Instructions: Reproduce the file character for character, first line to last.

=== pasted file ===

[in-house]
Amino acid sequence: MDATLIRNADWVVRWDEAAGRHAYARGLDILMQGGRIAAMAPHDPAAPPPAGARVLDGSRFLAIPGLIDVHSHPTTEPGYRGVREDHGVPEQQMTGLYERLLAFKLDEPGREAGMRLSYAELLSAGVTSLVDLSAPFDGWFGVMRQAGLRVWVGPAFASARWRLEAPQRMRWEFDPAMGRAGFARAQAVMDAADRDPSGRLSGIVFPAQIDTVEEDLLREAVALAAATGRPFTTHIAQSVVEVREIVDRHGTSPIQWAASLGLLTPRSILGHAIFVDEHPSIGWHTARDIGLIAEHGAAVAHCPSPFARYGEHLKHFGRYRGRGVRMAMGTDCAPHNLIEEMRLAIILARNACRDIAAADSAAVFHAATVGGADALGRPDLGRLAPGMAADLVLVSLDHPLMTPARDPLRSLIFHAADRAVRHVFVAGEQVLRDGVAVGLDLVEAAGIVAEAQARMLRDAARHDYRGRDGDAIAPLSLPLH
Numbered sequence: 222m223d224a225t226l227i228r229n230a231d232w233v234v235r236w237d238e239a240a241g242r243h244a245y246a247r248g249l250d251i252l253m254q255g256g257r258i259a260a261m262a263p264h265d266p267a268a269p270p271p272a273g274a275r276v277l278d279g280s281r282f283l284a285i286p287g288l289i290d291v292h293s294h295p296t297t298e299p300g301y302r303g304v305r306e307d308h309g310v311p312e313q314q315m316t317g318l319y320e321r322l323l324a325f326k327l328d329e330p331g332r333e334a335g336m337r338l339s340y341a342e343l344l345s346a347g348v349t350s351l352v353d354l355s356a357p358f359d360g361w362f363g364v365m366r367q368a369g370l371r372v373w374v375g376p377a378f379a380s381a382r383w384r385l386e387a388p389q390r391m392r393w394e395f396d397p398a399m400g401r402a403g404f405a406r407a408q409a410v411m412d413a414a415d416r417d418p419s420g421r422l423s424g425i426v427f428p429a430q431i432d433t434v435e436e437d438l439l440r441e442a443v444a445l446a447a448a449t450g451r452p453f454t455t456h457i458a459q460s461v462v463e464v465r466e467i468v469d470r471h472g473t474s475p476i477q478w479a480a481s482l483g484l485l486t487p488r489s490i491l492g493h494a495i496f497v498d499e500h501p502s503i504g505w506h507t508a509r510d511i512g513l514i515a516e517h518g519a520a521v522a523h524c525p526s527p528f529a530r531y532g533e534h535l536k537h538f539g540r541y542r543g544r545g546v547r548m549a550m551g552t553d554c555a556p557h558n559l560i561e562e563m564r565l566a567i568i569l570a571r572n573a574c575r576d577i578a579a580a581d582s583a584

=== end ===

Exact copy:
[in-house]
Amino acid sequence: MDATLIRNADWVVRWDEAAGRHAYARGLDILMQGGRIAAMAPHDPAAPPPAGARVLDGSRFLAIPGLIDVHSHPTTEPGYRGVREDHGVPEQQMTGLYERLLAFKLDEPGREAGMRLSYAELLSAGVTSLVDLSAPFDGWFGVMRQAGLRVWVGPAFASARWRLEAPQRMRWEFDPAMGRAGFARAQAVMDAADRDPSGRLSGIVFPAQIDTVEEDLLREAVALAAATGRPFTTHIAQSVVEVREIVDRHGTSPIQWAASLGLLTPRSILGHAIFVDEHPSIGWHTARDIGLIAEHGAAVAHCPSPFARYGEHLKHFGRYRGRGVRMAMGTDCAPHNLIEEMRLAIILARNACRDIAAADSAAVFHAATVGGADALGRPDLGRLAPGMAADLVLVSLDHPLMTPARDPLRSLIFHAADRAVRHVFVAGEQVLRDGVAVGLDLVEAAGIVAEAQARMLRDAARHDYRGRDGDAIAPLSLPLH
Numbered sequence: 222m223d224a225t226l227i228r229n230a231d232w233v234v235r236w237d238e239a240a241g242r243h244a245y246a247r248g249l250d251i252l253m254q255g256g257r258i259a260a261m262a263p264h265d266p267a268a269p270p271p272a273g274a275r276v277l278d279g280s281r282f283l284a285i286p287g288l289i290d291v292h293s294h295p296t297t298e299p300g301y302r303g304v305r306e307d308h309g310v311p312e313q314q315m316t317g318l319y320e321r322l323l324a325f326k327l328d329e330p331g332r333e334a335g336m337r338l339s340y341a342e343l344l345s346a347g348v349t350s351l352v353d354l355s356a357p358f359d360g361w362f363g364v365m366r367q368a369g370l371r372v373w374v375g376p377a378f379a380s381a382r383w384r385l386e387a388p389q390r391m392r393w394e395f396d397p398a399m400g401r402a403g404f405a406r407a408q409a410v411m412d413a414a415d416r417d418p419s420g421r422l423s424g425i426v427f428p429a430q431i432d433t434v435e436e437d438l439l440r441e442a443v444a445l446a447a448a449t450g451r452p453f454t455t456h457i458a459q460s461v462v463e464v465r466e467i468v469d470r471h472g473t474s475p476i477q478w479a480a481s482l483g484l485l486t487p488r489s490i491l492g493h494a495i496f497v498d499e500h501p502s503i504g505w506h507t508a509r510d511i512g513l514i515a516e517h518g519a520a521v522a523h524c525p526s527p528f529a530r531y532g533e534h535l536k537h538f539g540r541y542r543g544r545g546v547r548m549a550m551g552t553d554c555a556p557h558n559l560i561e562e563m564r565l566a567i568i569l570a571r572n573a574c575r576d577i578a579a580a581d582s583a584